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  1. Rodney Anoia, who was the heaviest superstar in the history of pro wrestling and a two-time WWF champion under the name Yokozuna, passed away suddenly on 10/23 in a Liverpool, England hotel room a few weeks after his 34th birthday.
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  3. Anoia was the most successful of the huge Samoan clan of wrestlers started by Afa & Sika Anoia, his uncles, when they began wrestling in the early 1970s. He was one of the biggest stars in the business around the world during his WWF run, which lasted from late 1992 through 1996.
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  5. Whether Anoia was the heaviest man ever to perform in the world of pro wrestling is a matter of conjecture. It is believed that Anoia weighed close to, if not, 800 pounds in late 1996, at about the time the WWF stopped using him because of his weight problem. He never was actually weighed during this period. The "Guiness Book of World Records" for years listed Happy Humphrey, real name Bill Cobb, who wrestled in the late 50s and early 60s but was never a major star, as the heaviest wrestler of all-time at 802 pounds. Judging from photos and accounts from wrestling historians, while Cobb was easily the heaviest man of his era, he was not that tall, and the belief is that the 800-pound billing, like Haystacks Calhoun at 601-pounds (he was closer to 450 to 500 pounds) and Andre the Giant at 7-foot-4, was much typical pro wrestling exaggeration. There were twin brothers, Billy and Benny McCrary, who wrestled as the McGuire Twins in the early 70s, who legitimately weighed 745 and 765 pounds apiece, and likely still hold the record as being the world's heaviest twins. They did some wrestling, but also were never big stars and only wrestled on occasion, with their most famous bout being in Japan where they lost a handicap match to Antonio Inoki. But with the exception of Calhoun, who was likely around 500 pounds for most of his career, Big Show, who at his heaviest in WCW was 505 pounds, and Andre, whose weight likely peaked at 530 to 550 pounds at the tail end of his career, and perhaps Nelson Frazier as Mabel or Viscera, none of the legitimately 500 pound wrestlers had anything resembling serious success.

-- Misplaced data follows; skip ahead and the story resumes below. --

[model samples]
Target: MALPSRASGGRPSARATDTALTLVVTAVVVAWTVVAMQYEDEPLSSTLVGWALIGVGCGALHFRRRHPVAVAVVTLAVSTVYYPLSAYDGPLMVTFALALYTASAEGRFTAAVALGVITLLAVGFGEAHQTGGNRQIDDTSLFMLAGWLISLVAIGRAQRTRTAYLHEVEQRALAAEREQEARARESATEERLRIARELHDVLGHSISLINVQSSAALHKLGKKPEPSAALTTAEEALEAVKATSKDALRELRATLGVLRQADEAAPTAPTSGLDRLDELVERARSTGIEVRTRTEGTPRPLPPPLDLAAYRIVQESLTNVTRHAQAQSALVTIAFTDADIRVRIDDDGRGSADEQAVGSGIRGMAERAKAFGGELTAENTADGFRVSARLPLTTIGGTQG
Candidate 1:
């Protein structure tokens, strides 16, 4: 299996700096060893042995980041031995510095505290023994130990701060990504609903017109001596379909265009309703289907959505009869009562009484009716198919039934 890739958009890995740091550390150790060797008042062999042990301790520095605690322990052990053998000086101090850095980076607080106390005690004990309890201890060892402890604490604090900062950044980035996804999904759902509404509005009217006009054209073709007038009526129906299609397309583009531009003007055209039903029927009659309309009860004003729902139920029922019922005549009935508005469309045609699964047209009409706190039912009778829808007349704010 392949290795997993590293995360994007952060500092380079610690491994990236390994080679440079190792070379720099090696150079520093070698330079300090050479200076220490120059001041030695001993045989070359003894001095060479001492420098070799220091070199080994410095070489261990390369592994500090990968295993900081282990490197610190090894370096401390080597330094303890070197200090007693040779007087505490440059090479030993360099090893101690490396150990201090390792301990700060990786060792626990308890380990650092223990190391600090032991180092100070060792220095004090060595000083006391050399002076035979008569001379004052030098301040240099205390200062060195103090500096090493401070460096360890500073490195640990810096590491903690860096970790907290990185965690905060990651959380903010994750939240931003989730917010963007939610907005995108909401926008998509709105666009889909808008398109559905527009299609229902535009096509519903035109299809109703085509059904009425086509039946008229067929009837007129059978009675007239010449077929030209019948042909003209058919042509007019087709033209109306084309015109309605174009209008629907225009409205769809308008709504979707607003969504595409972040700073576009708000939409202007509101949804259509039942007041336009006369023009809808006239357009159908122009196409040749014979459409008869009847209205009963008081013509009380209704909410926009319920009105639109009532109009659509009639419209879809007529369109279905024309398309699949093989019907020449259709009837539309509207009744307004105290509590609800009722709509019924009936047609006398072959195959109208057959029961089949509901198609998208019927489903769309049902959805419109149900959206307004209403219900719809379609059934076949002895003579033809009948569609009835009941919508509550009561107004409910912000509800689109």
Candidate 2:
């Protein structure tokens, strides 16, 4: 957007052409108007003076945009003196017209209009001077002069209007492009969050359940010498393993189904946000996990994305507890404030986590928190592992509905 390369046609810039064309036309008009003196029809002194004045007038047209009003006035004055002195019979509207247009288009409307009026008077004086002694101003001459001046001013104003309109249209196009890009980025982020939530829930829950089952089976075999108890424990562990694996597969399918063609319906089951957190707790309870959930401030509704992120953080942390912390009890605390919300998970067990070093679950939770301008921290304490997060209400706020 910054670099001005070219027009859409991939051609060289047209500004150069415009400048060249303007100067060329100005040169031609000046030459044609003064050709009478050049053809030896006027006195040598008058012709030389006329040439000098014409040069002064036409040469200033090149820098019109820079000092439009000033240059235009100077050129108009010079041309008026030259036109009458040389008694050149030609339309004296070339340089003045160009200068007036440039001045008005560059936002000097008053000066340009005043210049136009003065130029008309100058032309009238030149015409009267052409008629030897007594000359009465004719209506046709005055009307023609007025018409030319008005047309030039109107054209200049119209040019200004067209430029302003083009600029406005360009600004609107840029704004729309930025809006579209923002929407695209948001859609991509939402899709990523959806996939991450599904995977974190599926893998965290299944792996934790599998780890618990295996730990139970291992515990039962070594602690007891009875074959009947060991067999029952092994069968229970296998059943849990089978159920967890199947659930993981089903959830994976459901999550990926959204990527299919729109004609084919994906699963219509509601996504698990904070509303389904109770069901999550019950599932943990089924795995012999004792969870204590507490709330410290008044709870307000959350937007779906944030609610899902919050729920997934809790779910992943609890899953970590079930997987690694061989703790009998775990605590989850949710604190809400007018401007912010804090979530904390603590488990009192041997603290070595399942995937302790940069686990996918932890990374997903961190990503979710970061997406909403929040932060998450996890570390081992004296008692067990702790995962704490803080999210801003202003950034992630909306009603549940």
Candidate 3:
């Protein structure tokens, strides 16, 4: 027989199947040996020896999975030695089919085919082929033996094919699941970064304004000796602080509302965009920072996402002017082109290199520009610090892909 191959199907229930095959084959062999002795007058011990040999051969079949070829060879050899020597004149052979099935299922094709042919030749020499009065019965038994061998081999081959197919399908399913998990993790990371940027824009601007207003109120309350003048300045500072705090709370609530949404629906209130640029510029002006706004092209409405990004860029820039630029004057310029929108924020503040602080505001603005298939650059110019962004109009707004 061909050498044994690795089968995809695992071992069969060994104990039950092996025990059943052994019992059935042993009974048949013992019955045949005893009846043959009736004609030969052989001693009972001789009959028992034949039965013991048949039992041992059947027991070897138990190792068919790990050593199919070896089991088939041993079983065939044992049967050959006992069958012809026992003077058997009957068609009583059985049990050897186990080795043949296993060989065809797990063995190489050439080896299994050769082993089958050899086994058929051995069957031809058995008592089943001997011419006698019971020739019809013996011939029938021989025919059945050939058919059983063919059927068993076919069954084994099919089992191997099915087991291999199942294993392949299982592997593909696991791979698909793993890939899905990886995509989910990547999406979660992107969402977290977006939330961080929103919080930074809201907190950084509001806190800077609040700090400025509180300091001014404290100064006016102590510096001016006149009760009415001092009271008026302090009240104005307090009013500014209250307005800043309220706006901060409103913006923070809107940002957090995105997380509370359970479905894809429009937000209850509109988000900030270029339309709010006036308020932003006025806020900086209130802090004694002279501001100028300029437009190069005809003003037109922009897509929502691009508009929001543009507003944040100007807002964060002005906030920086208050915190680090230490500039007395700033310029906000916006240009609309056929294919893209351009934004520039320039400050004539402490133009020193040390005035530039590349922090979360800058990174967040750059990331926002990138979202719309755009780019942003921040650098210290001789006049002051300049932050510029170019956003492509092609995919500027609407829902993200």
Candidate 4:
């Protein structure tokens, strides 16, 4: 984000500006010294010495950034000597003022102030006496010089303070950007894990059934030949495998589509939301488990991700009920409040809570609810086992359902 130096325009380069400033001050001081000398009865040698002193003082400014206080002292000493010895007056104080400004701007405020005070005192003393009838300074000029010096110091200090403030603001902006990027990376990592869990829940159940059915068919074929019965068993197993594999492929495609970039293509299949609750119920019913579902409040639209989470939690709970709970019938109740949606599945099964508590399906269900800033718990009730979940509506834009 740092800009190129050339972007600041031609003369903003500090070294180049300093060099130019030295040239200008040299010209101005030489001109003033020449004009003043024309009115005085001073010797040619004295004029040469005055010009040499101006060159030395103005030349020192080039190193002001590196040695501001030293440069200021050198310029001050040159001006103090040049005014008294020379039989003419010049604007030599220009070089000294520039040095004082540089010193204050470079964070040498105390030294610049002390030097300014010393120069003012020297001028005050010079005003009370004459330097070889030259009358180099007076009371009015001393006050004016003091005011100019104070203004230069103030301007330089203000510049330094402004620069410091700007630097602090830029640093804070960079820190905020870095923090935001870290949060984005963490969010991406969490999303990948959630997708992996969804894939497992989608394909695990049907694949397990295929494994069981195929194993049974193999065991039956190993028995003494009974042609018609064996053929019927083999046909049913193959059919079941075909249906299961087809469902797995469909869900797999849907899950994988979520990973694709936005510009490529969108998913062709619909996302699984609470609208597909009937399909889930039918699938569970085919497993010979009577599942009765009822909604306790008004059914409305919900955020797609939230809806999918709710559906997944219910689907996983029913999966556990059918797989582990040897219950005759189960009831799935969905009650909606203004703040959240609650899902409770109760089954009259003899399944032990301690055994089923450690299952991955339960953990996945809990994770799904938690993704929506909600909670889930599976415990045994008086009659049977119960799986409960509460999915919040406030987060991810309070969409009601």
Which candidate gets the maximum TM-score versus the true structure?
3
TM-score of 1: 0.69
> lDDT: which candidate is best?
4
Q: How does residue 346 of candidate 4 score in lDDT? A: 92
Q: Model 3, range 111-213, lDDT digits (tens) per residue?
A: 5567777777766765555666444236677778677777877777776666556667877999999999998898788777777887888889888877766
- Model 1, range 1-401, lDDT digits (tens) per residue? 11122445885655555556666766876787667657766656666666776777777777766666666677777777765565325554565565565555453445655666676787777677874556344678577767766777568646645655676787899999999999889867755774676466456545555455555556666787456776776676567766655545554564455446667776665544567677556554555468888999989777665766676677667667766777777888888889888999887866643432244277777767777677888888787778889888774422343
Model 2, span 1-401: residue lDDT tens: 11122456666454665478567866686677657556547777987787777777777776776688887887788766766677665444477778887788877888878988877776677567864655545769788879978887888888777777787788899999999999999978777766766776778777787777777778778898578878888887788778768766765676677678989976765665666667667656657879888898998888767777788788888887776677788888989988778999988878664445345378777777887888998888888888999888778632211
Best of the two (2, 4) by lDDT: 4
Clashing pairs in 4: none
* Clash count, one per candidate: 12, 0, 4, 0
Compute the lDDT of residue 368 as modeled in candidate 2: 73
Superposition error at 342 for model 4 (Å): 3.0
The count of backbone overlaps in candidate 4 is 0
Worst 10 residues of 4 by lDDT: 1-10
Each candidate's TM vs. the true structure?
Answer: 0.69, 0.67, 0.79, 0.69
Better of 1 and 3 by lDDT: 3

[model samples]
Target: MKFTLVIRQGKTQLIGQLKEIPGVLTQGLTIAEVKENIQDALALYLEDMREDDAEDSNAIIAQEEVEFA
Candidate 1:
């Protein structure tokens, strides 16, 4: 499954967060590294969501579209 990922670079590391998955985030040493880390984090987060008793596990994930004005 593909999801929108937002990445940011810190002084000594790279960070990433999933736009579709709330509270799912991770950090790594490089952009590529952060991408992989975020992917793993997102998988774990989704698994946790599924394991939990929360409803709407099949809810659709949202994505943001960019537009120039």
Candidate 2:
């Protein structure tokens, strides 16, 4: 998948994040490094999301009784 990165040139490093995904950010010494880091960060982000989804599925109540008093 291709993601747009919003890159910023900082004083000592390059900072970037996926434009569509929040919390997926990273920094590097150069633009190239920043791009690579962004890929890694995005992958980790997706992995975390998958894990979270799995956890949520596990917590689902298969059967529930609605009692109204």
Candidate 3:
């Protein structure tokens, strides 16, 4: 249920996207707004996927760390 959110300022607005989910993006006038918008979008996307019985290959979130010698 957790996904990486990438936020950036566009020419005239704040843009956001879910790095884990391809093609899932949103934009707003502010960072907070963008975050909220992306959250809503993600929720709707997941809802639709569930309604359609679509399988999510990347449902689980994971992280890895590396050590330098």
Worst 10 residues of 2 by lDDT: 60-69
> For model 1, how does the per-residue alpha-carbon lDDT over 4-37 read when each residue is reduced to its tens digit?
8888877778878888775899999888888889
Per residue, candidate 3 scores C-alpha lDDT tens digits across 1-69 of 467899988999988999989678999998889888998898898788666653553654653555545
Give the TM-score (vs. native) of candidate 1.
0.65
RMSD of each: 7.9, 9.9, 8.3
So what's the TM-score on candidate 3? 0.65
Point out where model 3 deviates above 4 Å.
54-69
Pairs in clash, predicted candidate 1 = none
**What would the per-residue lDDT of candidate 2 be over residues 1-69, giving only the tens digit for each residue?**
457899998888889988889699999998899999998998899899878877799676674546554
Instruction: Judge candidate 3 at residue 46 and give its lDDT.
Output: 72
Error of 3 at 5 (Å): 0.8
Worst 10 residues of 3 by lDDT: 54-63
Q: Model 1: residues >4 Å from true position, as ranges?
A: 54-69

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  7. Anoia was clearly the heaviest man in the history of the WWF (Humphrey and the McGuire Twins never worked for the WWWF), as he clearly far outweighed Calhoun, Andre or Big Show, and heaviest man ever to be a long-term main eventer.